Logi Nu
Posts: 3
Registered: ‎01-28-2013

Re: F510 (also F310, F710) joystick design flaws

Thanks for your comment. Yes, I'll be even more careful in the future. Honest reviews are rare though. I actually saw something about the deadzones somewhere but I got the impression that it was configurable (since it surely must be, right). I'll have a Rumblepad 2 any day in the mail. I've heard good things about it compared to the F510, except maybe for the coord quality. Even if the axis resolution may be worse it must be way better without the issues I've mentioned. I'll come back with a report about it. ;-)
Logi Nu
Posts: 3
Registered: ‎01-28-2013

Re: old Rumblepad 2 vs F510 (also F310, F710)

[ Edited ]

So I got the old Logitech Rumblepad 2 and how does it compare?


In my opinion it's a good choice. No problem driving a car with this one... Pure fun.

(-) Sure, it doesn't come with the analog trigger buttons. I could have used those..

(-) Sure, the resolution is a bit worse. It's in 256 steps but it seems enough. (Twice that of a MIDI control! :smileyhappy:)

(+) It doesn't have the hardware deadzones, yay!!

(+) There is no noticeable "turn treshold" (it's 2 steps), yay!!

(+) The joystick holes are square as they should be, yay!

The rest seems the same.

I don't know about the vibrator motors but in the F510 there are one motor on each side. One has a big weight on it and the other has a small one.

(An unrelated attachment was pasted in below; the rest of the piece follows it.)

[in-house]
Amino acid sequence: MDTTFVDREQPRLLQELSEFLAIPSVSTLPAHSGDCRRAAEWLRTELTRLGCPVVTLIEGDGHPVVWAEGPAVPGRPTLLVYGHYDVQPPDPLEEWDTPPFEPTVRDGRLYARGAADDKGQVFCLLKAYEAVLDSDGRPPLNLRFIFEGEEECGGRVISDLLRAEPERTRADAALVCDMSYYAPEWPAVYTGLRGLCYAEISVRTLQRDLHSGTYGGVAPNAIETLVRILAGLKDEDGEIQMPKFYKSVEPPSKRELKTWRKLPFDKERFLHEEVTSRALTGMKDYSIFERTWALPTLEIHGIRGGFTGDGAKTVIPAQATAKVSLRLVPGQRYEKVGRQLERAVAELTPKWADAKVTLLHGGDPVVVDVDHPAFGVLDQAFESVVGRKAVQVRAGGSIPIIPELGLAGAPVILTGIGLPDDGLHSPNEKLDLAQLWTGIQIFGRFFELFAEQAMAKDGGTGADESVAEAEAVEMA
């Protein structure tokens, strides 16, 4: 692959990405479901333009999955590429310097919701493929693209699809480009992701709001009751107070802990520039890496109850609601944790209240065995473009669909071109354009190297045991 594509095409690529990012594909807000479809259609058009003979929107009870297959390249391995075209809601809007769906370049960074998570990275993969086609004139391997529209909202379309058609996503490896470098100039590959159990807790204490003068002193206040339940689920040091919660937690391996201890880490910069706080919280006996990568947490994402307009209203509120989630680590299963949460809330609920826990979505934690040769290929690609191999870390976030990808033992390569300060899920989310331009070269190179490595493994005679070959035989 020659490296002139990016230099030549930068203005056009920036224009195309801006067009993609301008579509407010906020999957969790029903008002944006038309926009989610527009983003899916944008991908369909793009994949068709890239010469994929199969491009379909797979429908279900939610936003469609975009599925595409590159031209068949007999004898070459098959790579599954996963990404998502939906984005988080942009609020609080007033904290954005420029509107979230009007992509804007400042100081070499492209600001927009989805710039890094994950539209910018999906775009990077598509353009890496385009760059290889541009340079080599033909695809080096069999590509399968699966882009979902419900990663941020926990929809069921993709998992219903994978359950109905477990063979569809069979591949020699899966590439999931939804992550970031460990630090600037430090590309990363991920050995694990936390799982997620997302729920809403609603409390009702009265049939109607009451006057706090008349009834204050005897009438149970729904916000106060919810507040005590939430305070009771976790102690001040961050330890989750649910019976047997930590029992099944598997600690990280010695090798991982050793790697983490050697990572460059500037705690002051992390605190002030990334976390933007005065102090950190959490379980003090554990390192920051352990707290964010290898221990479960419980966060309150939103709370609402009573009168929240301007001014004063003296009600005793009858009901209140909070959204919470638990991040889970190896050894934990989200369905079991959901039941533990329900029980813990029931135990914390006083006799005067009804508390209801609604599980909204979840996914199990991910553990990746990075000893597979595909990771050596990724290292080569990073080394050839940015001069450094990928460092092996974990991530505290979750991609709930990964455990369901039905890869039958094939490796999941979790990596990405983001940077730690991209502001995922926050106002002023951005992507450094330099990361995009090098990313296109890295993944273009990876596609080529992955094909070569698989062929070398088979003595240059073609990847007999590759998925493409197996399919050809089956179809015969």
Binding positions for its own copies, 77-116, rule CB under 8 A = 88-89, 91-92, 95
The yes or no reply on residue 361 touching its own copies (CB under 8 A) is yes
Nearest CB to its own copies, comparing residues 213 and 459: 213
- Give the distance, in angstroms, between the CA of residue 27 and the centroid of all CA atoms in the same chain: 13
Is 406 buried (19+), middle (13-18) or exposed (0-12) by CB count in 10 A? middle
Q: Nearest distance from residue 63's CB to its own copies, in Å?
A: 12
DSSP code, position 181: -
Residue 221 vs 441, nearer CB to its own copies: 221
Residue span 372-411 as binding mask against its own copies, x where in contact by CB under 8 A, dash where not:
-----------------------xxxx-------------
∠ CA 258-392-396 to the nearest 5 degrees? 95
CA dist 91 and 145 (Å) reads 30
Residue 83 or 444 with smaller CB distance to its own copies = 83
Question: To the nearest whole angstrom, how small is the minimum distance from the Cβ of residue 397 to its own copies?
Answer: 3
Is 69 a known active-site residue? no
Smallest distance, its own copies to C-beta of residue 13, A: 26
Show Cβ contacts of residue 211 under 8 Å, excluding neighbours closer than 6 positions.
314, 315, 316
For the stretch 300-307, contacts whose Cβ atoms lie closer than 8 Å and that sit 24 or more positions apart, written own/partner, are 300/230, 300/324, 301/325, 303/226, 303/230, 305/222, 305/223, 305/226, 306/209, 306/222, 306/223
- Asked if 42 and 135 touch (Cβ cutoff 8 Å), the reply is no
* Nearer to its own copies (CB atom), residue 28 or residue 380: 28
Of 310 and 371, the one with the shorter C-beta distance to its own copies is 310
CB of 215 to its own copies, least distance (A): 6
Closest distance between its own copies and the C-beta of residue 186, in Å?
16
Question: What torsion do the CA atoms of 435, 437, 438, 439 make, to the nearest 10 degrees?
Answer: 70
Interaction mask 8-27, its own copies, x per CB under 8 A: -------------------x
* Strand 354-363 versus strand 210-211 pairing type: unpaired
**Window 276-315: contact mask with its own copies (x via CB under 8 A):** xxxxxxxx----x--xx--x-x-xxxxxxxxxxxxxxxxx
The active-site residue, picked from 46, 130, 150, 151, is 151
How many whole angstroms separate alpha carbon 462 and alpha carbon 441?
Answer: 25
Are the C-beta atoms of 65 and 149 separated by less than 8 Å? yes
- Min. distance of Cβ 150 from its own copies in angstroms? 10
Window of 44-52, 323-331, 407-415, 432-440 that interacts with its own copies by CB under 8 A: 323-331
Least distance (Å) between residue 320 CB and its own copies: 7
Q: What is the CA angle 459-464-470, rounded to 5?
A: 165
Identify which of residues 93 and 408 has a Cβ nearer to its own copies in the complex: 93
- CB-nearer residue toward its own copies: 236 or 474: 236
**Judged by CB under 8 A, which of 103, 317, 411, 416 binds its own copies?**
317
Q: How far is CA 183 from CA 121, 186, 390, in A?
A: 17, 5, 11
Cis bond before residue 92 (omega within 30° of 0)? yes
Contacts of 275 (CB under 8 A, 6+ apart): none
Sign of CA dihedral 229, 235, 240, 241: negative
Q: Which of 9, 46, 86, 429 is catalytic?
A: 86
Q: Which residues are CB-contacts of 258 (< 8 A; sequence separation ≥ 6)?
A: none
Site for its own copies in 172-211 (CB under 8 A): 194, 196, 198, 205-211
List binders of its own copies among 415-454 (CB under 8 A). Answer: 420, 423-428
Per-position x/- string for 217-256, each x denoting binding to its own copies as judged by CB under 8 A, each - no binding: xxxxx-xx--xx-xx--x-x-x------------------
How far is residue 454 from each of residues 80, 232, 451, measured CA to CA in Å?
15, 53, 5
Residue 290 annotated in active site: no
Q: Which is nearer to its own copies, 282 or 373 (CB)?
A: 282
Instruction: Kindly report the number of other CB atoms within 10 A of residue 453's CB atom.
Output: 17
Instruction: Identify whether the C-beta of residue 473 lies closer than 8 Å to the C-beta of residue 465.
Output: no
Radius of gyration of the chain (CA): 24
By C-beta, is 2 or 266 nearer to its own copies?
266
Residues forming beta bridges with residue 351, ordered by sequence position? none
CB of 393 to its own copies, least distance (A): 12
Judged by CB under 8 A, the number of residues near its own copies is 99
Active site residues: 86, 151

It's DirectInput only but there are ways to emulate XInput in software.

This one works fine in linux too, as the F510 did.


That's it. Now I'll get rid of the F510.

Logi Nu
Posts: 4
Registered: ‎06-08-2013

Re: F510 (also F310, F710) joystick design flaws

on the turn threshold, I found the same, and it's really annoying. as I just posted in a different thread, I believe the reason is some kind of self-calibration. as long as you move the sticks just a bit the dead zone keeps rather small (and still acceptable for me). you will get the full steering values already at halfway to the edge, meaning, your car won't turn in more if you push the stick further.

as soon as you push the stick fully in one direction the dead zone has been extended. this is the same effect as if you'd calibrate a joystick, only that here the zero value gets lost. the steering "window" gets pushed to the edge.


if I only knew how to switch off that self-calibration routine which seems to run in the background...

Logi Nu
Posts: 2
Registered: ‎03-11-2013

Re: F510 (also F310, F710) joystick design flaws

Jojje wrote:

Then there's the round joystick holes. To me it's only limiting because you can't reach the corners where both axes are fully min/max. Some games only need a circle but why limit things in the hardware to that case?


I got directed to this old discussion from some Youtube video.


This complaint about round joystick holes... I just checked my original PS2 and XBox gamepads, and their joystick holes are also completely round, just like with Logitech F310. So to me it would seem that square joystick holes are abnormal in gamepads.


I recall having square joystick holes in some old cheapo PC gamepad I had before, and actually it irritated me to no end. It felt awful when trying to make round smooth movements around the edges, it always made moves like that jerky.


So at least I am definitely voting against square joystick holes.